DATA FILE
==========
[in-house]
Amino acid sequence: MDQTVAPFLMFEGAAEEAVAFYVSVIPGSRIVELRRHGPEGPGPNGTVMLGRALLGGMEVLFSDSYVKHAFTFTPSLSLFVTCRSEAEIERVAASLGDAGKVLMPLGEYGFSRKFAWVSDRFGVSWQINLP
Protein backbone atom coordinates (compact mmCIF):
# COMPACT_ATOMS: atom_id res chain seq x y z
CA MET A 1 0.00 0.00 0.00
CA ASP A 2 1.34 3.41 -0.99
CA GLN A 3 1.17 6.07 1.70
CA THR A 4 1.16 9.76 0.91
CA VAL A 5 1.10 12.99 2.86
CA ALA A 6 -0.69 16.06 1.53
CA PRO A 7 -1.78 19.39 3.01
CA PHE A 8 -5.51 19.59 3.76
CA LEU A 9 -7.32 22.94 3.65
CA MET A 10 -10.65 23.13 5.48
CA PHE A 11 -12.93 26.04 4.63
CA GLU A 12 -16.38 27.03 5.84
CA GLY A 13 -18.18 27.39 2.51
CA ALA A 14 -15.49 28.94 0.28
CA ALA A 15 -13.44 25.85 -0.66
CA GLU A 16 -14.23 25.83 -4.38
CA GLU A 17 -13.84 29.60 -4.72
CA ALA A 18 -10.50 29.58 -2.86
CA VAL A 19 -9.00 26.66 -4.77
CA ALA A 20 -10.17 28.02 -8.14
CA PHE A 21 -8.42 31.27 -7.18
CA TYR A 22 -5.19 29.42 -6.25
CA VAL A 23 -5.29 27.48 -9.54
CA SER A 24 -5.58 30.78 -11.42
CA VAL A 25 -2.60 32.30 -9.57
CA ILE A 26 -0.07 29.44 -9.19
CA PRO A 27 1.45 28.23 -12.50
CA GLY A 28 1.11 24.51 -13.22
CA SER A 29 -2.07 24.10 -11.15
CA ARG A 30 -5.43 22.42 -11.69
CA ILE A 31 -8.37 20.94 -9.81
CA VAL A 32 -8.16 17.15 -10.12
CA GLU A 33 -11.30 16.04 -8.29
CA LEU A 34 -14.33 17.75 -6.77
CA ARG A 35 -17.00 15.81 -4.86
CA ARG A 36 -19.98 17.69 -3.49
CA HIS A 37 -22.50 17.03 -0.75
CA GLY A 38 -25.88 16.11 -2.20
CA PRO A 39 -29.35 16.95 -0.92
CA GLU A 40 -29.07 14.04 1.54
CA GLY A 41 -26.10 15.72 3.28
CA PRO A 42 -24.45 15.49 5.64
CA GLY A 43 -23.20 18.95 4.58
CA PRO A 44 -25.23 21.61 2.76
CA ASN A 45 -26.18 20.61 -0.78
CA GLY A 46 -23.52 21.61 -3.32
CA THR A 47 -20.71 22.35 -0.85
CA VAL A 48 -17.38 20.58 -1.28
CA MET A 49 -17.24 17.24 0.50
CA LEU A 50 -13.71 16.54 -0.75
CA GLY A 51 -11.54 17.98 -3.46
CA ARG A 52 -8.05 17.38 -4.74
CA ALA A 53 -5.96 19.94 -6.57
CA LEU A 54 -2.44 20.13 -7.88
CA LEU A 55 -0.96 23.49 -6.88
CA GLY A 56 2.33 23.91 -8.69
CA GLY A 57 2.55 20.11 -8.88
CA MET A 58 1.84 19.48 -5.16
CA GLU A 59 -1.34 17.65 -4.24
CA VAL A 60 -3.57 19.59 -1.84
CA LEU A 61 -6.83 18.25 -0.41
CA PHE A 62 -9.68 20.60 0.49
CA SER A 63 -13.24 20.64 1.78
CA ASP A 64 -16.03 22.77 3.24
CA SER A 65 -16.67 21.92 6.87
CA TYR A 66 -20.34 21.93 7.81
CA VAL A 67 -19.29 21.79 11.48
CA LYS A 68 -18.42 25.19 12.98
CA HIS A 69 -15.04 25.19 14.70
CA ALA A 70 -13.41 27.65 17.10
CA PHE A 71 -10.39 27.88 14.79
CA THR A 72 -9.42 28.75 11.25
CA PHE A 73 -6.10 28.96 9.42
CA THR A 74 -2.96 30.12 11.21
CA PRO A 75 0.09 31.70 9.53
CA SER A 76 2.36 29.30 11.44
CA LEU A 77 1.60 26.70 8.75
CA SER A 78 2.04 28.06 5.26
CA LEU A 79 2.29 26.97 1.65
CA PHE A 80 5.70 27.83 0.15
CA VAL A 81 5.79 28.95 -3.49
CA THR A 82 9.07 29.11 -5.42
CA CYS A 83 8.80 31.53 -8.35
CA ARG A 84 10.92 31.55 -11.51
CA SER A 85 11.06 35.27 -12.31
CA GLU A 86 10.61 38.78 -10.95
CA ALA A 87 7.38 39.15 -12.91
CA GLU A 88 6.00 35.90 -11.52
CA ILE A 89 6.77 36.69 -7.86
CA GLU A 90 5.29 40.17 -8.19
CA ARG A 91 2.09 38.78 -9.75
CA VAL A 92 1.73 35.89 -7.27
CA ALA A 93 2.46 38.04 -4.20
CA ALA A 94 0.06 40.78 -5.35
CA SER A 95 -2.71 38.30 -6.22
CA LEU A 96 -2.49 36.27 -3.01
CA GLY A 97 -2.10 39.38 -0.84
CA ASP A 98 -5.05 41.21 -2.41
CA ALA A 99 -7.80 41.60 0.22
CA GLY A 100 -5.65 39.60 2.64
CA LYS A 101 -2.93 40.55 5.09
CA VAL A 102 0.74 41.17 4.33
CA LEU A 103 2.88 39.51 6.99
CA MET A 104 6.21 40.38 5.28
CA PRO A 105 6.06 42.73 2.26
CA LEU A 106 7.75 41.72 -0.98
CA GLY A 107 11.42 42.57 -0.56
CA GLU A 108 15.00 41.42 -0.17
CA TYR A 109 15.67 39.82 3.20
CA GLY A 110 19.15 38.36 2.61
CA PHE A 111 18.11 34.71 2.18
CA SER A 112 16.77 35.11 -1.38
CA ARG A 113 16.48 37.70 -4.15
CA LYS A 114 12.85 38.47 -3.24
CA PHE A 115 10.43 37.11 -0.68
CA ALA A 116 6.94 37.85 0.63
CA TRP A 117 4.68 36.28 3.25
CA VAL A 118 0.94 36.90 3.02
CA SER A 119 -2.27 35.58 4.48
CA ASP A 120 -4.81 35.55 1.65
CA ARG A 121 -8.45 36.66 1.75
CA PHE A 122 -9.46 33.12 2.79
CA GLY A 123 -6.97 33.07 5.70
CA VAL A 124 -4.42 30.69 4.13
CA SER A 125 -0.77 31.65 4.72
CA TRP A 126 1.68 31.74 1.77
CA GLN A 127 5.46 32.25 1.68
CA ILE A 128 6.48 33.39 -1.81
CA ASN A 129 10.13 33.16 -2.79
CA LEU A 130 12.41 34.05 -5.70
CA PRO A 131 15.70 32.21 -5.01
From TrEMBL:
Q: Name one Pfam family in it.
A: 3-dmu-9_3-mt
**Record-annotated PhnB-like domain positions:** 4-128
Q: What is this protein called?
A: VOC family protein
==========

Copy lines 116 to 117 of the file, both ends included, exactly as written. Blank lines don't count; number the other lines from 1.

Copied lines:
CA SER A 112 16.77 35.11 -1.38
CA ARG A 113 16.48 37.70 -4.15